There was another name on the undrafted list in 1994 that would also play a big role in “The Greatest Show on Turf”: future Hall of Fame quarterback Kurt Warner. 

According to Wilkins, the future Hall of Famer’s start with the team was an opportunity Warner made the most of.

Despite the Rams’ early season personnel problems, the team had an impressive season altogether. 

They went 13-3 and went on to win the Super Bowl that year. In that championship game, Wilkins drilled three field goals, which were the only points scored by either team in the first half of the game. 

He would go on to finish with 11 points for the game.

“Leading into it, it was amazing,” Wilkins said. “We start making this run and then you start thinking playoffs, then we start winning the playoffs. Next thing you know, it’s [the] Super Bowl. … We went straight from the NFC Championship to the Super Bowl and how fast it goes. Then all of a sudden, it goes from 30 or 40 cameras after a game to hundreds of cameras. … It was just a crazy experience.”

The craziness of the time leading up to the Super Bowl quickly fades away once the first series is done. 

“After the first series, it’s just a game,” Wilkins said. “After you run out and you see the camera flashes like crazy, probably more than ever, the game starts, you settle down. Then, it’s just a game and you go out there and doing what you’ve done throughout the whole year when it’s over. At that point, it was more like a relief. We did it.”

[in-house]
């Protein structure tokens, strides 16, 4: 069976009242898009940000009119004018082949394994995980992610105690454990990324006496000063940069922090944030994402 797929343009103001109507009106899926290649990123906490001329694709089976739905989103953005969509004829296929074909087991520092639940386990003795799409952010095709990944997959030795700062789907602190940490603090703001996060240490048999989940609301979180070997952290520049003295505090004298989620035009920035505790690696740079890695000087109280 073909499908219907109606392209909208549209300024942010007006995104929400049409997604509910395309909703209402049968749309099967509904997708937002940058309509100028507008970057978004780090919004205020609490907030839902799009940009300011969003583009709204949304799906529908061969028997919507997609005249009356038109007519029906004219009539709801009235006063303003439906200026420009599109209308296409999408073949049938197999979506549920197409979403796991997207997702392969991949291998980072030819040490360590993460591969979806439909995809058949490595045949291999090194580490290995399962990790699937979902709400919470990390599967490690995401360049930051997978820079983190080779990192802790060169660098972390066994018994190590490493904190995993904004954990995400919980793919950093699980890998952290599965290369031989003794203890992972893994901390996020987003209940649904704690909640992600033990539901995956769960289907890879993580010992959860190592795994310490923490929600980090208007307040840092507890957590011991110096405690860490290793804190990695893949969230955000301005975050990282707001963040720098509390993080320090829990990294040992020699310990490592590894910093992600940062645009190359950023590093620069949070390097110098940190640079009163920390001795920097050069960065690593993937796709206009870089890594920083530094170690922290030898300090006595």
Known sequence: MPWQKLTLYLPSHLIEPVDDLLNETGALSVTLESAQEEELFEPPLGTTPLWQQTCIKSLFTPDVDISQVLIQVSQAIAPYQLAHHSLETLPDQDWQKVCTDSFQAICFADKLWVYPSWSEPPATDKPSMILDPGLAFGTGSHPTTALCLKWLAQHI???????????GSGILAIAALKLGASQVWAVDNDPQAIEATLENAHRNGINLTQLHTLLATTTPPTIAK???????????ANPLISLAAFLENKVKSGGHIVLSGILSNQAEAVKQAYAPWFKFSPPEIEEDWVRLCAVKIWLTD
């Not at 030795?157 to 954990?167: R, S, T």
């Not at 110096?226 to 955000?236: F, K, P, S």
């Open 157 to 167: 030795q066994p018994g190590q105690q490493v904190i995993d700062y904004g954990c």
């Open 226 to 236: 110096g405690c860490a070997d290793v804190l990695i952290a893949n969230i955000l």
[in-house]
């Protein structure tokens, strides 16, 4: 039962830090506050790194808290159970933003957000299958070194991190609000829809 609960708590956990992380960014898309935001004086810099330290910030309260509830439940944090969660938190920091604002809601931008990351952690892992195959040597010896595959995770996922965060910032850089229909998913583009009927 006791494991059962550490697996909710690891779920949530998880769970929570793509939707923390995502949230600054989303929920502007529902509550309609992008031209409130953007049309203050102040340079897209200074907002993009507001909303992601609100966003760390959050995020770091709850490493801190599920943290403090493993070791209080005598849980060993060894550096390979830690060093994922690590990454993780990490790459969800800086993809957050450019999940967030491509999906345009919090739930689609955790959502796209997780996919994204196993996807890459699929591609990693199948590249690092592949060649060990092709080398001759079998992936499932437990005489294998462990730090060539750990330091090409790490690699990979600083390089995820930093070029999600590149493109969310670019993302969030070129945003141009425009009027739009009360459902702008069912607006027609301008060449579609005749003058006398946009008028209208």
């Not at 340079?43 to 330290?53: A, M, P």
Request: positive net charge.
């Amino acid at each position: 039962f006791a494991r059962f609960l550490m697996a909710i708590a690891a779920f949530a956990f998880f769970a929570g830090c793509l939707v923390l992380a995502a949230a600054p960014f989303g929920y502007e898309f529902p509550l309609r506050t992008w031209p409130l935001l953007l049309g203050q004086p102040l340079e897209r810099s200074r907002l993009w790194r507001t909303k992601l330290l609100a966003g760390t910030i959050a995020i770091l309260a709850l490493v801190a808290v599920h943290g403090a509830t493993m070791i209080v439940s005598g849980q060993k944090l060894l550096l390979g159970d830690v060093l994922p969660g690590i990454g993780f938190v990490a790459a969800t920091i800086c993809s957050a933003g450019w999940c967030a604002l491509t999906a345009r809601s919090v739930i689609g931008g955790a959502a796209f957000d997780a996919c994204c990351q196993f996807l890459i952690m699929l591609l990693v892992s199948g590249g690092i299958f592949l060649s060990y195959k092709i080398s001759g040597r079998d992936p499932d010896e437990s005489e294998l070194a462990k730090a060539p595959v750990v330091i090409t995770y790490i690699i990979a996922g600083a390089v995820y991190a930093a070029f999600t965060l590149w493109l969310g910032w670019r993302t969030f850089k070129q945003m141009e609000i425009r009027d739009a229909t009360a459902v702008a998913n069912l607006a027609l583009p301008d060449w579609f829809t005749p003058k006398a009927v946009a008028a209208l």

Two years later, the Rams found themselves in the Super Bowl once more. 

The team ended up losing that game on a field goal by kicker Adam Vinatieri as time expired. In that game, Wilkins converted on a 50-yard field goal — the third longest field goal in Super Bowl history.

Now 11 years removed from his retirement, Wilkins can finally sit back and be proud of what he and his team were able to accomplish.

“It’s more when you retire and you can sit back and think, ‘Wow, you know, was I really in two Super Bowls?’” Wilkins said. “And now it’s when you sit that back, you really appreciate it and things you’re able to accomplish as a team.”

Wilkins retired in 2008, but not before setting the record with the most points in Rams organization history at 1,223. He finished with 1,416 points in his career.

Upon retirement, Wilkins returned home to the Valley. The driving motive behind this decision was one of the reasons he chose YSU: family. A conversation between Wilkins and his wife was the deciding factor.

Currently, Wilkins is an avid golfer and YSU football enthusiast. As someone who knows what it takes to make it to the professional level, he has advice for YSU student-athletes who want to make that jump to the next level.

“Never give up. It’s a matter of trying to work harder than anyone else, and with a little bit of luck involved, hopefully you can get that workout opportunity. When you do, you have to take advantage of it and perform.”

Super Bowl champion Jeff Wilkins sat down with assistant sports editor Nathanael Hawthorne to talk about his career. Photo by Brian Yauger/The Jambar